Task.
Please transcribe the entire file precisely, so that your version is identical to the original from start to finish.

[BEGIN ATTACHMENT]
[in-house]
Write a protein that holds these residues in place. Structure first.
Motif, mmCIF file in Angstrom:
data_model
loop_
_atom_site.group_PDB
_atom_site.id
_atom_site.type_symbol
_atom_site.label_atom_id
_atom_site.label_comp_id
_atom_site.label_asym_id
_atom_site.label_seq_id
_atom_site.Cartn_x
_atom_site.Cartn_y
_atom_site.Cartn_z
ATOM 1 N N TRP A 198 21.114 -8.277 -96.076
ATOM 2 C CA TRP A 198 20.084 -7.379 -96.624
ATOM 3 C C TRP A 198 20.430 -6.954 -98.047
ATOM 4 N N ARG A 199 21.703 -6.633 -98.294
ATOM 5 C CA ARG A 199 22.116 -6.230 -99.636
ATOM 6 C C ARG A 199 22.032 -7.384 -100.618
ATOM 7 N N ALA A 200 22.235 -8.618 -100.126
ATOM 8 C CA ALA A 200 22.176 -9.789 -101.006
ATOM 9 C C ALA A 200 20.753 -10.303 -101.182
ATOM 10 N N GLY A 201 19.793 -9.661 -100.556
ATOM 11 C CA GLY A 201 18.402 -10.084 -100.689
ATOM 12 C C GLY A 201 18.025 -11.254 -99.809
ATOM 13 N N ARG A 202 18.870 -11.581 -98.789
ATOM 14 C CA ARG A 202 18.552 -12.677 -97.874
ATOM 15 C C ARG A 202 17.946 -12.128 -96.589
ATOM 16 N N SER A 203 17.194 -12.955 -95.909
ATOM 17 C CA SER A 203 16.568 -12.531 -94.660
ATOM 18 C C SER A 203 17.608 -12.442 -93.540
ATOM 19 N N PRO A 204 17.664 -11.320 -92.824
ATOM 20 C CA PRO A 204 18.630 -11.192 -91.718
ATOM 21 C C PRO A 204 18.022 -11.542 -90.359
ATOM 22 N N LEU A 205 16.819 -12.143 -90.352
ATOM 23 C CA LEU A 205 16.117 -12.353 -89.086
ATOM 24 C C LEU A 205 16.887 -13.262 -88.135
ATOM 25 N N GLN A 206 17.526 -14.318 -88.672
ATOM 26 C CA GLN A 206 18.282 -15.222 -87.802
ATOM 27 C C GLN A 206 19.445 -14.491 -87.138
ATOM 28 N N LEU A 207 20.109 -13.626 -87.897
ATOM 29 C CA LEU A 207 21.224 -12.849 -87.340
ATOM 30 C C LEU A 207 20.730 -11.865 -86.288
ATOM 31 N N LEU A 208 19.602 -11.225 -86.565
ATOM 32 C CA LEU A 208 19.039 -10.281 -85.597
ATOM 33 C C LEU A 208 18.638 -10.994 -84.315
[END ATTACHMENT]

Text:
[in-house]
Write a protein that holds these residues in place. Structure first.
Motif, mmCIF file in Angstrom:
data_model
loop_
_atom_site.group_PDB
_atom_site.id
_atom_site.type_symbol
_atom_site.label_atom_id
_atom_site.label_comp_id
_atom_site.label_asym_id
_atom_site.label_seq_id
_atom_site.Cartn_x
_atom_site.Cartn_y
_atom_site.Cartn_z
ATOM 1 N N TRP A 198 21.114 -8.277 -96.076
ATOM 2 C CA TRP A 198 20.084 -7.379 -96.624
ATOM 3 C C TRP A 198 20.430 -6.954 -98.047
ATOM 4 N N ARG A 199 21.703 -6.633 -98.294
ATOM 5 C CA ARG A 199 22.116 -6.230 -99.636
ATOM 6 C C ARG A 199 22.032 -7.384 -100.618
ATOM 7 N N ALA A 200 22.235 -8.618 -100.126
ATOM 8 C CA ALA A 200 22.176 -9.789 -101.006
ATOM 9 C C ALA A 200 20.753 -10.303 -101.182
ATOM 10 N N GLY A 201 19.793 -9.661 -100.556
ATOM 11 C CA GLY A 201 18.402 -10.084 -100.689
ATOM 12 C C GLY A 201 18.025 -11.254 -99.809
ATOM 13 N N ARG A 202 18.870 -11.581 -98.789
ATOM 14 C CA ARG A 202 18.552 -12.677 -97.874
ATOM 15 C C ARG A 202 17.946 -12.128 -96.589
ATOM 16 N N SER A 203 17.194 -12.955 -95.909
ATOM 17 C CA SER A 203 16.568 -12.531 -94.660
ATOM 18 C C SER A 203 17.608 -12.442 -93.540
ATOM 19 N N PRO A 204 17.664 -11.320 -92.824
ATOM 20 C CA PRO A 204 18.630 -11.192 -91.718
ATOM 21 C C PRO A 204 18.022 -11.542 -90.359
ATOM 22 N N LEU A 205 16.819 -12.143 -90.352
ATOM 23 C CA LEU A 205 16.117 -12.353 -89.086
ATOM 24 C C LEU A 205 16.887 -13.262 -88.135
ATOM 25 N N GLN A 206 17.526 -14.318 -88.672
ATOM 26 C CA GLN A 206 18.282 -15.222 -87.802
ATOM 27 C C GLN A 206 19.445 -14.491 -87.138
ATOM 28 N N LEU A 207 20.109 -13.626 -87.897
ATOM 29 C CA LEU A 207 21.224 -12.849 -87.340
ATOM 30 C C LEU A 207 20.730 -11.865 -86.288
ATOM 31 N N LEU A 208 19.602 -11.225 -86.565
ATOM 32 C CA LEU A 208 19.039 -10.281 -85.597
ATOM 33 C C LEU A 208 18.638 -10.994 -84.315